What a difference a smile makes. And yet even smiles come in different shapes and sizes, from signalling agreement or friendship, to the smug grin that gives quite the opposite impression. In this post, we look at the importance of body language in the workplace, and how the smallest movements (or lack thereof) can make or break a situation.
Handshakes are for before and after
Unless the situation clearly doesn’t call for it, a handshake is the perfect way to both begin and end a meeting, even a brief one. We’ve all been on the receiving end of a bad handshake before, from the bone-crusher to the wet flannel, and the shoulder-jerker to the one that lasts three or four shakes too long, so make sure that yours is well-timed, firm and sincere.
Listen with your eyes as wells as your ears
Showing that you’re taking on board what someone has to say is an essential component of any conversation. Whether you agree or disagree, understand every word or have a few questions, know the subject matter like the back of your hand or are discovering entirely new territory, what’s essential is that you demonstrate that you’re listening. Some people think that the best way to achieve this is with positive fragments (such as “I absolutely agree” and “we’re on the same page”), yet this can often disrupt the speaker’s flow. Instead, offer more subtle yet clear signs of assimilation, such as gentle nods of the head and small guttural signs of understanding. It’s amazing how effective a simple “mm-hmm” can be.
When things get tough, smile
If you’re delivering news that might be unwelcome or difficult for others to swallow, do so with an encouraging smile. This will help to create a mood of empowerment and success, rather than place a dark cloud over the office. However, you also need to ensure that you don’t come across as unresponsive to queries and qualms, so answer questions, calm nerves, and offer peace of mind wherever possible. Ultimately, help your audience to accept the news as a challenge rather than a weight on their shoulders.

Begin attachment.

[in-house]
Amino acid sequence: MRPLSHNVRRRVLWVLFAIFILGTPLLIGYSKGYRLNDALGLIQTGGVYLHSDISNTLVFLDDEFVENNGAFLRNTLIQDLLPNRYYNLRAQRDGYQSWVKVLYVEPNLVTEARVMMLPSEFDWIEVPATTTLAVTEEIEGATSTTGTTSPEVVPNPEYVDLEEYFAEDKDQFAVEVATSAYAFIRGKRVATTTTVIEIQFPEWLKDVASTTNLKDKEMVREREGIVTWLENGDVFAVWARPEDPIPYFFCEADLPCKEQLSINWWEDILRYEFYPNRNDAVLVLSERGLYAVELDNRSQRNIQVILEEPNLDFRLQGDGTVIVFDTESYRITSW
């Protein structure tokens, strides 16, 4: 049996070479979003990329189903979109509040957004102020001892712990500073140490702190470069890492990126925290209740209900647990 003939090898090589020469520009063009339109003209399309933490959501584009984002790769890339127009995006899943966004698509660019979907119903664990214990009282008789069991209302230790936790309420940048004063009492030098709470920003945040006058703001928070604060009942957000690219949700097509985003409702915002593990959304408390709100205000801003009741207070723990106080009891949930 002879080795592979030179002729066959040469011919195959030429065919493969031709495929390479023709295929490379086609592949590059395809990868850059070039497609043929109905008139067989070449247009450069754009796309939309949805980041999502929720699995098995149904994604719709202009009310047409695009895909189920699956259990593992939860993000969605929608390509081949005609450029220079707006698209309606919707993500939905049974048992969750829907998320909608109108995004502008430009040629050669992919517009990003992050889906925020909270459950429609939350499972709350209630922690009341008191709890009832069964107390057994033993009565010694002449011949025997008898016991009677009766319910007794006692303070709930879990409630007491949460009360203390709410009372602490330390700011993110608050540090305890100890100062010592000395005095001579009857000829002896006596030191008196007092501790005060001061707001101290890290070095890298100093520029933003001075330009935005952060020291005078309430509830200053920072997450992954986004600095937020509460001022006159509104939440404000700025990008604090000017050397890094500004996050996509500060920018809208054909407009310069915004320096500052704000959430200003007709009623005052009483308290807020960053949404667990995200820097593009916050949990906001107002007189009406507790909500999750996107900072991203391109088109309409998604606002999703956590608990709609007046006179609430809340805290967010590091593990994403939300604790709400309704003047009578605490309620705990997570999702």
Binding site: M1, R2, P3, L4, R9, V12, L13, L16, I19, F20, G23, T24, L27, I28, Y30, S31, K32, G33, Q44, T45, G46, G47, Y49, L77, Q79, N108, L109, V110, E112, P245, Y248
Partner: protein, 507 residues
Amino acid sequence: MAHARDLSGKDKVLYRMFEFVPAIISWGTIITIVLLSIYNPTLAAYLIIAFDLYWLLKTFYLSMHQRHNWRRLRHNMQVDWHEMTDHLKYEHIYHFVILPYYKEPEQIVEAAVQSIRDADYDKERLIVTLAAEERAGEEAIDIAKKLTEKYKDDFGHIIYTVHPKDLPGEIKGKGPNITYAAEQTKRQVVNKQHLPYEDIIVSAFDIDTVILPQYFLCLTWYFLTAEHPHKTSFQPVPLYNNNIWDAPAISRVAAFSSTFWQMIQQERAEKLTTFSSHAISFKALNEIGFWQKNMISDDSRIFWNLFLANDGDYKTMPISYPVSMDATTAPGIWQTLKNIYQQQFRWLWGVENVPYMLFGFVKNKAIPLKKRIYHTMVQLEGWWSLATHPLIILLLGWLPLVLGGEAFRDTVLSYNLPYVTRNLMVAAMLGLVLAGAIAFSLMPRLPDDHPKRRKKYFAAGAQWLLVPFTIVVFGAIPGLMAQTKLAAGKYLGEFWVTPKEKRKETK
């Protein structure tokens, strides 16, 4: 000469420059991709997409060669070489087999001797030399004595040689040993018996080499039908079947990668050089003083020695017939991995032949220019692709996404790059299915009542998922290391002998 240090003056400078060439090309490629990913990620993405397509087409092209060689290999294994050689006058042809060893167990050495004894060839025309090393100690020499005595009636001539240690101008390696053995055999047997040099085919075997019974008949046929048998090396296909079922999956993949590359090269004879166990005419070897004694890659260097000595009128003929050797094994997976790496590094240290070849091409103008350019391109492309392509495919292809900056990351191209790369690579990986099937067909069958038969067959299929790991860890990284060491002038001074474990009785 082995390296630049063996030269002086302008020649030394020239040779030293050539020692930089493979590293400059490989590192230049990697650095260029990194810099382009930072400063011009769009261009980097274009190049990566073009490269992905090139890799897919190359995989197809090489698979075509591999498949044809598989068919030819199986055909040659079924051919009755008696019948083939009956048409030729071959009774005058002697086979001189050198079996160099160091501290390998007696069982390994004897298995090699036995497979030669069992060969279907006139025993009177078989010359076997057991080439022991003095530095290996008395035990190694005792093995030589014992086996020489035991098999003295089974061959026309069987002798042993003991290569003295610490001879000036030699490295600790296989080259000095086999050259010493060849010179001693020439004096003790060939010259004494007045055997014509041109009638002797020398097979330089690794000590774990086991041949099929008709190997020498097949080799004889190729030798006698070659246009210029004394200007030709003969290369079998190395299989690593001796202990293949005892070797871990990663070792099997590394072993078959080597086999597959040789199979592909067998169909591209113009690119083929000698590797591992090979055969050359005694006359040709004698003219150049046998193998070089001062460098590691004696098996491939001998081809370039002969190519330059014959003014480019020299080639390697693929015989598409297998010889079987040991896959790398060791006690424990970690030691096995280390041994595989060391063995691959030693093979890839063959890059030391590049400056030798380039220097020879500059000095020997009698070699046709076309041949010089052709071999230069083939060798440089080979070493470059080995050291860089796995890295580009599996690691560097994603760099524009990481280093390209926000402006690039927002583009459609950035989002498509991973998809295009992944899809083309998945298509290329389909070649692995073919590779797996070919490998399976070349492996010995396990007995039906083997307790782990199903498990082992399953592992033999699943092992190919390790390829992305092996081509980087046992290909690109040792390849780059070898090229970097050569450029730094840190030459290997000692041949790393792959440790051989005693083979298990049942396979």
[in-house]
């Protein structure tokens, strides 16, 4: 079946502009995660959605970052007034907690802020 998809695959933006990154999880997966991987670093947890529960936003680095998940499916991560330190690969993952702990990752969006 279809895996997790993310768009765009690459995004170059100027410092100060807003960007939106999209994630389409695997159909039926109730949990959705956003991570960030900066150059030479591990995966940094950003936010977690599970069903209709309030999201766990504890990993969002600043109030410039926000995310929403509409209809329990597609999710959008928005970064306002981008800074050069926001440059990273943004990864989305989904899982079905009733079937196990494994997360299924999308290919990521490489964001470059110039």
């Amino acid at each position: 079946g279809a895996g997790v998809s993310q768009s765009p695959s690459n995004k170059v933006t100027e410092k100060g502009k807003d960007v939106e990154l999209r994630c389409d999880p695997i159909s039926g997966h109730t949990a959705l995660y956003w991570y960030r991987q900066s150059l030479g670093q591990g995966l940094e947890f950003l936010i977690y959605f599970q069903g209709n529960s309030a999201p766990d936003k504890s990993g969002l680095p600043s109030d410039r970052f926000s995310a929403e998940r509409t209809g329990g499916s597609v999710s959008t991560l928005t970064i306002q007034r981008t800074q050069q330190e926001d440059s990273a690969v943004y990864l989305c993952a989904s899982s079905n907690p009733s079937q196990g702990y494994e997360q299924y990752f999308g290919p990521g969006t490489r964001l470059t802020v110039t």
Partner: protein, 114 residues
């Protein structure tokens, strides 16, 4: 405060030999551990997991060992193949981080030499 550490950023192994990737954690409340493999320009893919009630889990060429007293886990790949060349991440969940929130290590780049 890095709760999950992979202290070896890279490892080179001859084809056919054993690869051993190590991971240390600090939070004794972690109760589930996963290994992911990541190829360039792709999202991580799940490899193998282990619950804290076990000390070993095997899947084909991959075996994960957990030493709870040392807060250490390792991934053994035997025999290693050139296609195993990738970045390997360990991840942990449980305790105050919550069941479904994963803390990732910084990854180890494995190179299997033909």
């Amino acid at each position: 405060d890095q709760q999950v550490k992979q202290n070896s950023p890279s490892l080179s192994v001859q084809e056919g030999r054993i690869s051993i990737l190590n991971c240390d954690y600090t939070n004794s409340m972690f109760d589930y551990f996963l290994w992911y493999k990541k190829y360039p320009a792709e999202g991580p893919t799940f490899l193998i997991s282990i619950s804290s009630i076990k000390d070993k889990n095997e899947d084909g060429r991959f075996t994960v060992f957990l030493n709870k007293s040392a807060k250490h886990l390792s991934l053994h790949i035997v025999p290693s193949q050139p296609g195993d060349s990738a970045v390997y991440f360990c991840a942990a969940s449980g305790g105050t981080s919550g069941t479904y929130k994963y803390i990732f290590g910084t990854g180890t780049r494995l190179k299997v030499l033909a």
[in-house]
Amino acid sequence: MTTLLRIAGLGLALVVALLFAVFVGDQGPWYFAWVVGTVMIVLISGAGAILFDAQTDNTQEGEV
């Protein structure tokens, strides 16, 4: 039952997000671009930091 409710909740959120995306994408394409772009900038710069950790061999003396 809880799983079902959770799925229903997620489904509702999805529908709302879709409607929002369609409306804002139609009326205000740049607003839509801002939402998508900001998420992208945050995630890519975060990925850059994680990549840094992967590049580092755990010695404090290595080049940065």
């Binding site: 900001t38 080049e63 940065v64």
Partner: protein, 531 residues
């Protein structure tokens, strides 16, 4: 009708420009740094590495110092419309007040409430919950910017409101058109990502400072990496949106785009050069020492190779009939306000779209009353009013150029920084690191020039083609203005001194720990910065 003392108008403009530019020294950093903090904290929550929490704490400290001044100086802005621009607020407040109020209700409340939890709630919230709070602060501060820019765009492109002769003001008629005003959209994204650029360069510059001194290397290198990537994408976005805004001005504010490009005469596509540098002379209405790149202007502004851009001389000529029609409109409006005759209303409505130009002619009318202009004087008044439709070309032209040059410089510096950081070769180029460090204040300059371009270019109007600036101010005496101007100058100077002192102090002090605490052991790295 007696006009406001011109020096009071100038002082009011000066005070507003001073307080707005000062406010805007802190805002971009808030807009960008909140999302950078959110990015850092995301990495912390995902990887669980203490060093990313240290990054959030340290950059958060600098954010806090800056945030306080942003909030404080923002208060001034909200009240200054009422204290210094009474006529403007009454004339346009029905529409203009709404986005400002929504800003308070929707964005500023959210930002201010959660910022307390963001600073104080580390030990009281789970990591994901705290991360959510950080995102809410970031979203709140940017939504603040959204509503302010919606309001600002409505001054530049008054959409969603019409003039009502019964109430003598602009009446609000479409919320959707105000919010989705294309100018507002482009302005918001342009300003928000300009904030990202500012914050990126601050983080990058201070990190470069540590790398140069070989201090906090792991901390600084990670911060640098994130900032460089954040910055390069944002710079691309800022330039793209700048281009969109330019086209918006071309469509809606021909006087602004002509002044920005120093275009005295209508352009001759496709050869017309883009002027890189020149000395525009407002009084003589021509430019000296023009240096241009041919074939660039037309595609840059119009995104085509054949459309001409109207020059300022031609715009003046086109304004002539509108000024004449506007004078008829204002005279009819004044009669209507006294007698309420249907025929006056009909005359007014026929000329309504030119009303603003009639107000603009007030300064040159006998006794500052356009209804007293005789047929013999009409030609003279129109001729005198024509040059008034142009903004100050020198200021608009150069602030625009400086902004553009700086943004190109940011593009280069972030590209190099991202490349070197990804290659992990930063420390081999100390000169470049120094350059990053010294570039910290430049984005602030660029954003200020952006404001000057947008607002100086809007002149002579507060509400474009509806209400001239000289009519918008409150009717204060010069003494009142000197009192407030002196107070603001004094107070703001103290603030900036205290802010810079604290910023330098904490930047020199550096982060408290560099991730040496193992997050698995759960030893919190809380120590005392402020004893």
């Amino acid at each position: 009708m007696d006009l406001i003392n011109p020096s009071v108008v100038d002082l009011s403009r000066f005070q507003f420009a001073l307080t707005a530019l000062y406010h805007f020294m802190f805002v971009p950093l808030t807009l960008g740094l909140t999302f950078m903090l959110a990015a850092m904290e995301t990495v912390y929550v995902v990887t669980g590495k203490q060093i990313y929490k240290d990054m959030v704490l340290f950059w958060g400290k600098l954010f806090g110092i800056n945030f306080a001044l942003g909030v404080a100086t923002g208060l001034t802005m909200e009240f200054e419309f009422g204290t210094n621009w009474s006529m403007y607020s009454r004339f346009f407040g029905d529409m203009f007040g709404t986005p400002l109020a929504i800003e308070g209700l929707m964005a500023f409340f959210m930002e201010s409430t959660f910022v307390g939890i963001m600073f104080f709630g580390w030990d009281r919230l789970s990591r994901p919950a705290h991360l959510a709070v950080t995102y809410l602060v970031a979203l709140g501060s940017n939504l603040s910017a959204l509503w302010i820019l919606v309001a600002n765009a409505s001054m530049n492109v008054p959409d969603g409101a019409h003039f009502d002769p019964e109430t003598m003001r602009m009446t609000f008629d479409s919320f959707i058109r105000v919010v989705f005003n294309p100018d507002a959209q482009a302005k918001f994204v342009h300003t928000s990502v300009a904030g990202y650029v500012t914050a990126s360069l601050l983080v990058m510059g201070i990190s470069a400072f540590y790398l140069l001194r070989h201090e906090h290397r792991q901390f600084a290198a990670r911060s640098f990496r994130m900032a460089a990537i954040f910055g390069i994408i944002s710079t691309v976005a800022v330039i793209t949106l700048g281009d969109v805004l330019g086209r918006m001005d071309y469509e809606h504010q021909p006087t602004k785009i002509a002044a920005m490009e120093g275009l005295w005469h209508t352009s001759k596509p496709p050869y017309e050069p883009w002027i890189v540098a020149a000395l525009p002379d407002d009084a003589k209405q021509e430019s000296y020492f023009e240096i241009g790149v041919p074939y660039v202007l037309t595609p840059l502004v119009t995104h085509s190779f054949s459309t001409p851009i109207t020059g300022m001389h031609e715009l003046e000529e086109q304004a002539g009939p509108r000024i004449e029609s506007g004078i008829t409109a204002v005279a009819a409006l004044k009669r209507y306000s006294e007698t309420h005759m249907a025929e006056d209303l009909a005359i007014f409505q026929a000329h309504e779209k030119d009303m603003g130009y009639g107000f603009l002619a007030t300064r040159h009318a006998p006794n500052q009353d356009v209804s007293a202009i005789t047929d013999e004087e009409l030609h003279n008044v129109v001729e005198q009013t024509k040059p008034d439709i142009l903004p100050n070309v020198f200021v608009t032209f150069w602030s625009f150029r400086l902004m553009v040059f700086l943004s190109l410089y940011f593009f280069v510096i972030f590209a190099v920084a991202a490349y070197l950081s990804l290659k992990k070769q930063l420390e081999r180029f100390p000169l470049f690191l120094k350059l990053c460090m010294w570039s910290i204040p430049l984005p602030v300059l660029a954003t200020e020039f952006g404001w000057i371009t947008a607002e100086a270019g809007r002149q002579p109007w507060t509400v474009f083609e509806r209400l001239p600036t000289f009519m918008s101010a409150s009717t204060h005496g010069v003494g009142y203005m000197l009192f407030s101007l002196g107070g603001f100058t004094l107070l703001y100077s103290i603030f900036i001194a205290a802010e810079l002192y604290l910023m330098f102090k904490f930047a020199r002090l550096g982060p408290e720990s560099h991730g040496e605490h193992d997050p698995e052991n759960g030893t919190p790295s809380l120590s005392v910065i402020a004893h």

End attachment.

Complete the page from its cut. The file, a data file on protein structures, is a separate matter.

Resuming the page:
Take control of your position
Many professional situations can become not so professional due to disagreements and heated debates. Whilst it’s easy to adopt body language that’s defensive (crossed arms, averted gaze) or even offensive (squaring the shoulders, leaning towards people, pointing fingers), it’s crucial that you keep a level head and promote an air of civility. It’s true that this may not dissuade others from using poor body language, but if you can maintain your own, you remain in control of the situation.
Make meetings more open
Whilst some people show visible resistance to becoming engrossed in a discussion or meeting, others do very little to hide their disconnection or even boredom. You can help them to get involved and snap out of their daze by offering physical prompts for interaction. Examples are handing out printed data or designs, asking direct questions, or changing the atmosphere with a joke or anecdote. Whatever you do, don’t name and shame, as this will do nothing more than agitate and embarrass the individual and make the group feel awkward.
This can be a tricky one. When giving a speech, pep talk or presentation, standing or sitting perfectly still will do very little to engage your audience. Meanwhile, pacing back and forth or gesticulating wildly will steal all the attention and leave very little for your words and content. The key is to find a balance by moving smoothly and using gestures to aid your points, rather than concealing them with unnecessary flapping and stomping.
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